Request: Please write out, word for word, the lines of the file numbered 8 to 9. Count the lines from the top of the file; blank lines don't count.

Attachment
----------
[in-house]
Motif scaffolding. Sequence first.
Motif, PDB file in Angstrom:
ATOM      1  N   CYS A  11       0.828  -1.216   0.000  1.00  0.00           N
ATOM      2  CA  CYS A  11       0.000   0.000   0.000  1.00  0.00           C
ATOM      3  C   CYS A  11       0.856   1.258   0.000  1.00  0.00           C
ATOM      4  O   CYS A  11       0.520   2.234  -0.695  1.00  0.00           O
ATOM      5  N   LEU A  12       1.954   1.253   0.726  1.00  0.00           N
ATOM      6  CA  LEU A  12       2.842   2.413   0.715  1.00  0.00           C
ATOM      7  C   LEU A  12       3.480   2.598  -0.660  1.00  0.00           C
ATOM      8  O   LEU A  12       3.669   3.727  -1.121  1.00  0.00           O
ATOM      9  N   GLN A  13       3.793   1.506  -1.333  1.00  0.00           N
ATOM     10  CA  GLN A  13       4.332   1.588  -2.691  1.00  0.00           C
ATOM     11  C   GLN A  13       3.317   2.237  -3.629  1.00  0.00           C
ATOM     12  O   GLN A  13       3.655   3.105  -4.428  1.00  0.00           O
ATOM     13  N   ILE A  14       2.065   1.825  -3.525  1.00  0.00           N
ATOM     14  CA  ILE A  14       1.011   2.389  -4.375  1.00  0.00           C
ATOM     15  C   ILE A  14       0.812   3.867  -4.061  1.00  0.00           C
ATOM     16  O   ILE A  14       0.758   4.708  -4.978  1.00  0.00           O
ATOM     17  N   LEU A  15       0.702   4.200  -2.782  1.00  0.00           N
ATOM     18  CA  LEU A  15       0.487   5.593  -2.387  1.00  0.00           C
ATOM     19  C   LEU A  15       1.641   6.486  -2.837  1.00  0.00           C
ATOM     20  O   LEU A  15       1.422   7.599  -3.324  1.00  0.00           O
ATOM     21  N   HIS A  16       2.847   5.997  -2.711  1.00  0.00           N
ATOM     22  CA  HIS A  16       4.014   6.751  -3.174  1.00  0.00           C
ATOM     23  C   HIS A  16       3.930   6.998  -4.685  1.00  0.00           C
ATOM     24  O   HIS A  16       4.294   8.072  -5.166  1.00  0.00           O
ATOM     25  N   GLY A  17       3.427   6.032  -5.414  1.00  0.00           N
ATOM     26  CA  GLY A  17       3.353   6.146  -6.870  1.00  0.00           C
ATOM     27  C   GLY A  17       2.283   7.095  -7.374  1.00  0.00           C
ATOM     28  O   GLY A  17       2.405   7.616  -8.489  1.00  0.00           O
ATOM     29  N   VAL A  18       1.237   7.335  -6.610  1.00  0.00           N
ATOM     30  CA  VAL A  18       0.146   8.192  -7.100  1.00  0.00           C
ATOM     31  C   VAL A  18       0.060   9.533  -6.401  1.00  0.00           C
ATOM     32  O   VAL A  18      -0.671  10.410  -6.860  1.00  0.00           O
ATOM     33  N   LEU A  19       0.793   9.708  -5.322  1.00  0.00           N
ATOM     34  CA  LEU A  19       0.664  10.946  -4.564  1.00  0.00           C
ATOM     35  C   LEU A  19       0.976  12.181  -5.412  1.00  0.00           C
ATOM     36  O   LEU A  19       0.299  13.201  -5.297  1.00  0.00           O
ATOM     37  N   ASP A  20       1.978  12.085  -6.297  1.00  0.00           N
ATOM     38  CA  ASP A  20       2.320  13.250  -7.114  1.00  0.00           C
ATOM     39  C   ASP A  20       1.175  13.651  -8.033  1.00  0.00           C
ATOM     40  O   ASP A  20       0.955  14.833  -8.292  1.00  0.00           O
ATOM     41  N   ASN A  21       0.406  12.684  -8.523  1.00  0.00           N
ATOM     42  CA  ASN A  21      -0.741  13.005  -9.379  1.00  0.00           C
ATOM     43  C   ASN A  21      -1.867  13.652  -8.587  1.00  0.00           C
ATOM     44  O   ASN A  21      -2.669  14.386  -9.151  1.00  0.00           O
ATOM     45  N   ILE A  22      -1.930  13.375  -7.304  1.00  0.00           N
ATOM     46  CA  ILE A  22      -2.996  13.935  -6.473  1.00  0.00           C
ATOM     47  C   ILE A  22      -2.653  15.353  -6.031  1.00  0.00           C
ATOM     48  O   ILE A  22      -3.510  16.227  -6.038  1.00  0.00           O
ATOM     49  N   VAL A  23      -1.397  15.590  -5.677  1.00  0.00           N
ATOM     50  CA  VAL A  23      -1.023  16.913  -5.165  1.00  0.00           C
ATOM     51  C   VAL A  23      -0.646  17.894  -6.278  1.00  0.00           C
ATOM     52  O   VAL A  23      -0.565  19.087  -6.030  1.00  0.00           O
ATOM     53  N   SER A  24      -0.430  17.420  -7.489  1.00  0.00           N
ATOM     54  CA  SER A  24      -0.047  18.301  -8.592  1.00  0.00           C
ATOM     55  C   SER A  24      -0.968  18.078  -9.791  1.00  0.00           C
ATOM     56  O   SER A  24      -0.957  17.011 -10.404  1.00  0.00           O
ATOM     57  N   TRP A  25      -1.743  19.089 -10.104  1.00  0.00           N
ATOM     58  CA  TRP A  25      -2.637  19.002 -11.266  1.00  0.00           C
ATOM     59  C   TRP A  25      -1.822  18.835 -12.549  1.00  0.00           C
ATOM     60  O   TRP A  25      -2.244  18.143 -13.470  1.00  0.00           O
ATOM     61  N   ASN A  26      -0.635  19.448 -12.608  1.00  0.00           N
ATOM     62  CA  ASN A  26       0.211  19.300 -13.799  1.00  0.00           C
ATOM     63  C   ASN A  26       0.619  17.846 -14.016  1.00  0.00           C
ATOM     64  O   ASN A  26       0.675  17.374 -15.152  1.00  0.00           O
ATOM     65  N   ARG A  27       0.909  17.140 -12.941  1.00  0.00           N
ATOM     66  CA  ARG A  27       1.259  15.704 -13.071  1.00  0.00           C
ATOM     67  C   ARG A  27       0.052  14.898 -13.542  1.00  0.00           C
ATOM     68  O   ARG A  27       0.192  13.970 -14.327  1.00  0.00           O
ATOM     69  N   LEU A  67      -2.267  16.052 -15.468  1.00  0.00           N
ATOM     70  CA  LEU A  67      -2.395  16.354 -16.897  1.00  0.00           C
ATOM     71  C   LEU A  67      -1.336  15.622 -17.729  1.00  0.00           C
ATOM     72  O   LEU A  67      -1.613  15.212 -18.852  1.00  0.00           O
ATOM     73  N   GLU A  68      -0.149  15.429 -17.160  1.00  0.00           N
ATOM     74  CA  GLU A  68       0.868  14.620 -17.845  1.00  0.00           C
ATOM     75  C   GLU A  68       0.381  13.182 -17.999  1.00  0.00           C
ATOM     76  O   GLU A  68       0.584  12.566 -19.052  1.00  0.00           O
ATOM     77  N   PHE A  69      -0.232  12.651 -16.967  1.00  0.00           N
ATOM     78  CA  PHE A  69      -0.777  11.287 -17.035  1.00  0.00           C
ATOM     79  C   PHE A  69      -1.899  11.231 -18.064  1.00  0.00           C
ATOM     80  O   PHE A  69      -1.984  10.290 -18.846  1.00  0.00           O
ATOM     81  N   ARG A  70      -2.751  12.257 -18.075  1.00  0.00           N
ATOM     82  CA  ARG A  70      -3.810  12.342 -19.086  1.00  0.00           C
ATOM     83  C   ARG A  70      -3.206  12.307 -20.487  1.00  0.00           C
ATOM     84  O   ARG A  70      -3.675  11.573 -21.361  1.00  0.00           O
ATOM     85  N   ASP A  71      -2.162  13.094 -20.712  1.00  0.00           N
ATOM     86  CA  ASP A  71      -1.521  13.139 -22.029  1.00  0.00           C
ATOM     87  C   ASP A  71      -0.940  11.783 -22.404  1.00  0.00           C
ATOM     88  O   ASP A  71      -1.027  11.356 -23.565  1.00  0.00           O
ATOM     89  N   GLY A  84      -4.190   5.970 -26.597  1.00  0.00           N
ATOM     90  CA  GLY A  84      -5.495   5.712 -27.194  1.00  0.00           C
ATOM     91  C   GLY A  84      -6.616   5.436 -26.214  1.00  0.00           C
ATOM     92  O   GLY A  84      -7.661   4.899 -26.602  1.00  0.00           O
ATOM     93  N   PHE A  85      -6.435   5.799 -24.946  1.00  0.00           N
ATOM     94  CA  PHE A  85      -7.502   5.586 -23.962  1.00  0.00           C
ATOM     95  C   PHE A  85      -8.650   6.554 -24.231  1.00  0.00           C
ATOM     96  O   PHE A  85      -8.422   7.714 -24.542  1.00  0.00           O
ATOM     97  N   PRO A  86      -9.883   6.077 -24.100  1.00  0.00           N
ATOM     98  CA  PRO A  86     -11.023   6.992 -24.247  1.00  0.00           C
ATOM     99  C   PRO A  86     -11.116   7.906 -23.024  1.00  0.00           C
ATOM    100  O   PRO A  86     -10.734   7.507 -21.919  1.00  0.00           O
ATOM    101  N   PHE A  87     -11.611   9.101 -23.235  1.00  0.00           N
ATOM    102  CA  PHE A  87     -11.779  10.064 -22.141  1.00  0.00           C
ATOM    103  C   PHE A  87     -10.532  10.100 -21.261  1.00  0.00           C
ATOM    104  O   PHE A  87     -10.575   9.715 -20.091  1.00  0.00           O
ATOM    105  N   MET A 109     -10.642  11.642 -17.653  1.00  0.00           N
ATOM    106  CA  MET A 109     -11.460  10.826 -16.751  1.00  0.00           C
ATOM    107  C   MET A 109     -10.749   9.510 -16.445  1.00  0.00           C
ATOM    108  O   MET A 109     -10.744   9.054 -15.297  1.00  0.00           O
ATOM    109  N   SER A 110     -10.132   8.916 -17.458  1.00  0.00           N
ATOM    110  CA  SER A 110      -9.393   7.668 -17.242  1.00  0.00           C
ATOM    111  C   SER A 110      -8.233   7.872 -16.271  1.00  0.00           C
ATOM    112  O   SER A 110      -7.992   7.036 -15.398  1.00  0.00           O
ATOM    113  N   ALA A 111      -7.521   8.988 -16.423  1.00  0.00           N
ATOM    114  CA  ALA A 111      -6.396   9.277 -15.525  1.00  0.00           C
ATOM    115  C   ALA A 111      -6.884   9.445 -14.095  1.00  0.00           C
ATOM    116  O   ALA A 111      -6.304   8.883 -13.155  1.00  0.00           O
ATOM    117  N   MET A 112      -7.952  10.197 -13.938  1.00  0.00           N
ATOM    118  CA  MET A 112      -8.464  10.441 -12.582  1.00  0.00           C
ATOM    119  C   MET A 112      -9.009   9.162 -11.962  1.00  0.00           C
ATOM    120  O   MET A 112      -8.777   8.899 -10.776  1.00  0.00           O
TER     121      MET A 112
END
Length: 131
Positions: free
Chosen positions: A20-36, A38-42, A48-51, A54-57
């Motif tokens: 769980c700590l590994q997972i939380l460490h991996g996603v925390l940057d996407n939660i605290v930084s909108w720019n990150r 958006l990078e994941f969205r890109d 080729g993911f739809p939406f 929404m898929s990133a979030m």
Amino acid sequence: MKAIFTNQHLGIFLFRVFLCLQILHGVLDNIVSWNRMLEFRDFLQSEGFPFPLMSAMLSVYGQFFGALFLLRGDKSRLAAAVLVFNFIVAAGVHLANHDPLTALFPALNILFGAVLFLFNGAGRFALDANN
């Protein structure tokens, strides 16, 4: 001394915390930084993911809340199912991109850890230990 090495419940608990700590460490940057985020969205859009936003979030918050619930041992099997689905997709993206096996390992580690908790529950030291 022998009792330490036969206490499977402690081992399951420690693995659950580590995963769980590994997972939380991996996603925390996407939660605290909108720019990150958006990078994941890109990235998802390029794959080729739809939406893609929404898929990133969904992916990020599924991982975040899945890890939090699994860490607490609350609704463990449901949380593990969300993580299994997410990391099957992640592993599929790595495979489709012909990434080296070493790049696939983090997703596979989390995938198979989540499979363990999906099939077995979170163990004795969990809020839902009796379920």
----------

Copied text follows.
ATOM      5  N   LEU A  12       1.954   1.253   0.726  1.00  0.00           N
ATOM      6  CA  LEU A  12       2.842   2.413   0.715  1.00  0.00           C